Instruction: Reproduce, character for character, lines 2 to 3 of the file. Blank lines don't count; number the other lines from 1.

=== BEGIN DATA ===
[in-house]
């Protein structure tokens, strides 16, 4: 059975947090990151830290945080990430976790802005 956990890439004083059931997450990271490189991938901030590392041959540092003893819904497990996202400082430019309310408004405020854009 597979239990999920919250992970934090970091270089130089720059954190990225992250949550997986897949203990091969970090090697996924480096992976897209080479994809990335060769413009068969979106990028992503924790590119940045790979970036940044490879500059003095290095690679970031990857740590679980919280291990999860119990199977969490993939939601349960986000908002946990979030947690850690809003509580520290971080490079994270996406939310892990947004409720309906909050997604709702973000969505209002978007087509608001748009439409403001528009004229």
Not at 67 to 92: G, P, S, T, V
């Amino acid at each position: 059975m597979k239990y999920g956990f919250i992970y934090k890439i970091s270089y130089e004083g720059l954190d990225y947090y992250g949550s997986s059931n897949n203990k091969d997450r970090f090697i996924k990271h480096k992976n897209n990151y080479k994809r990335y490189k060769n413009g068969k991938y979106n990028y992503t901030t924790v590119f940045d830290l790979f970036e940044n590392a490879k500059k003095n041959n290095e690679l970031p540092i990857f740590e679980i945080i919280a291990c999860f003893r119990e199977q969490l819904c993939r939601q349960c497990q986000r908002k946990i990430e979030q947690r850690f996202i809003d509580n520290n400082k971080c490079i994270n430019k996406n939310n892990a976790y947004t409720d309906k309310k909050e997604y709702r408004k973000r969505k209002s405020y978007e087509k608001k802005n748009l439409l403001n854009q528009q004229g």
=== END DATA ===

């Protein structure tokens, strides 16, 4: 059975947090990151830290945080990430976790802005 956990890439004083059931997450990271490189991938901030590392041959540092003893819904497990996202400082430019309310408004405020854009 597979239990999920919250992970934090970091270089130089720059954190990225992250949550997986897949203990091969970090090697996924480096992976897209080479994809990335060769413009068969979106990028992503924790590119940045790979970036940044490879500059003095290095690679970031990857740590679980919280291990999860119990199977969490993939939601349960986000908002946990979030947690850690809003509580520290971080490079994270996406939310892990947004409720309906909050997604709702973000969505209002978007087509608001748009439409403001528009004229």
Not at 67 to 92: G, P, S, T, V